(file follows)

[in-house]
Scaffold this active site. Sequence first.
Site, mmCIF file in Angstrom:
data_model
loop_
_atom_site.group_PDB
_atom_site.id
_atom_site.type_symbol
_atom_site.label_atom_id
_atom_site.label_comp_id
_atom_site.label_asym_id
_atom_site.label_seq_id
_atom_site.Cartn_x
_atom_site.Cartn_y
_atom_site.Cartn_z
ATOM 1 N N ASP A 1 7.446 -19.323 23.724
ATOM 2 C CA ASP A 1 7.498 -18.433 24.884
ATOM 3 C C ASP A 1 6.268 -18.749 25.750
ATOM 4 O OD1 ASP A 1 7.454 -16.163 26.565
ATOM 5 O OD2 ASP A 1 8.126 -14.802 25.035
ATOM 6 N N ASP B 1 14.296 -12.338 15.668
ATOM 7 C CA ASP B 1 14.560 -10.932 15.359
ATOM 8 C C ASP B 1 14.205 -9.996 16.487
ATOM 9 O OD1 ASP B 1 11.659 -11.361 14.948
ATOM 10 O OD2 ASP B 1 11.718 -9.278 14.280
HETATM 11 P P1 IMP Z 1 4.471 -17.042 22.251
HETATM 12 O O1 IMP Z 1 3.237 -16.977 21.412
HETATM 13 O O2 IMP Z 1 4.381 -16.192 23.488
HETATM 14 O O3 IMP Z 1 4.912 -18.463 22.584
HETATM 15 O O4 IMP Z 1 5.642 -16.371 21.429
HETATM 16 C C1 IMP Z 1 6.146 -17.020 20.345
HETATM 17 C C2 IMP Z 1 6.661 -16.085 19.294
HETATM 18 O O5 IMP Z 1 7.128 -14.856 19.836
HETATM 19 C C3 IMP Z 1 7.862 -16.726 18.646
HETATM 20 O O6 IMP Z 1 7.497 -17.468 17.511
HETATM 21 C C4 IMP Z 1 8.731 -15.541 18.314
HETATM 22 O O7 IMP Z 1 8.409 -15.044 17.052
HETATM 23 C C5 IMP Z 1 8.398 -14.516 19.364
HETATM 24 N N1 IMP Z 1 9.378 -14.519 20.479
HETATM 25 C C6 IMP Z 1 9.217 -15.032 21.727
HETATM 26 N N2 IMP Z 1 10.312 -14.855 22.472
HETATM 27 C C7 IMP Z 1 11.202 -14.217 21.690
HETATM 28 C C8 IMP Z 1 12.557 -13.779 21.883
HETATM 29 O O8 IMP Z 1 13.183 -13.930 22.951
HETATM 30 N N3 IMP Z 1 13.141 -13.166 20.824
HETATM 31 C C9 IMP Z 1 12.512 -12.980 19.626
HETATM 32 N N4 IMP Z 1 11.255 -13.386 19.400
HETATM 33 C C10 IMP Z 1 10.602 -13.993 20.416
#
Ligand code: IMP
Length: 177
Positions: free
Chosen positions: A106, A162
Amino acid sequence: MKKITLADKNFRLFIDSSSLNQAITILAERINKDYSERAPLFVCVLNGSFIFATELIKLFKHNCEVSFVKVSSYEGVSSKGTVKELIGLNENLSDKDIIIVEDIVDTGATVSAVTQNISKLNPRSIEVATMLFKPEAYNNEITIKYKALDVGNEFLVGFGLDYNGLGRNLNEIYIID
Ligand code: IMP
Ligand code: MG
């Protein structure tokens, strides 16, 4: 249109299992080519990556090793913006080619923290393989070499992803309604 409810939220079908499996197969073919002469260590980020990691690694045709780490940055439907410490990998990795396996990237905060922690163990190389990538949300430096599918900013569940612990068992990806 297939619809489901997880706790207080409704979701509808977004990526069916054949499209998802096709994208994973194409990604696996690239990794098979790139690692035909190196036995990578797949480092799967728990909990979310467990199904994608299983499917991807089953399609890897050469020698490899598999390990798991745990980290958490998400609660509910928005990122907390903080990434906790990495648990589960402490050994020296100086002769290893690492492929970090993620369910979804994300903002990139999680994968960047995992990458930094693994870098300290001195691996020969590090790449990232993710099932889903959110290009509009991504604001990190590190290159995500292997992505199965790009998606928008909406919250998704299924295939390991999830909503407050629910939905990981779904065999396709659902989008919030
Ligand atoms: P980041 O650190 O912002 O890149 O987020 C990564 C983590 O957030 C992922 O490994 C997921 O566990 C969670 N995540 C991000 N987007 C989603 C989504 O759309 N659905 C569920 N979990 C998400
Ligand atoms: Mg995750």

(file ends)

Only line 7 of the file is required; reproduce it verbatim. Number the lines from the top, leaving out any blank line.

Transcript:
_atom_site.id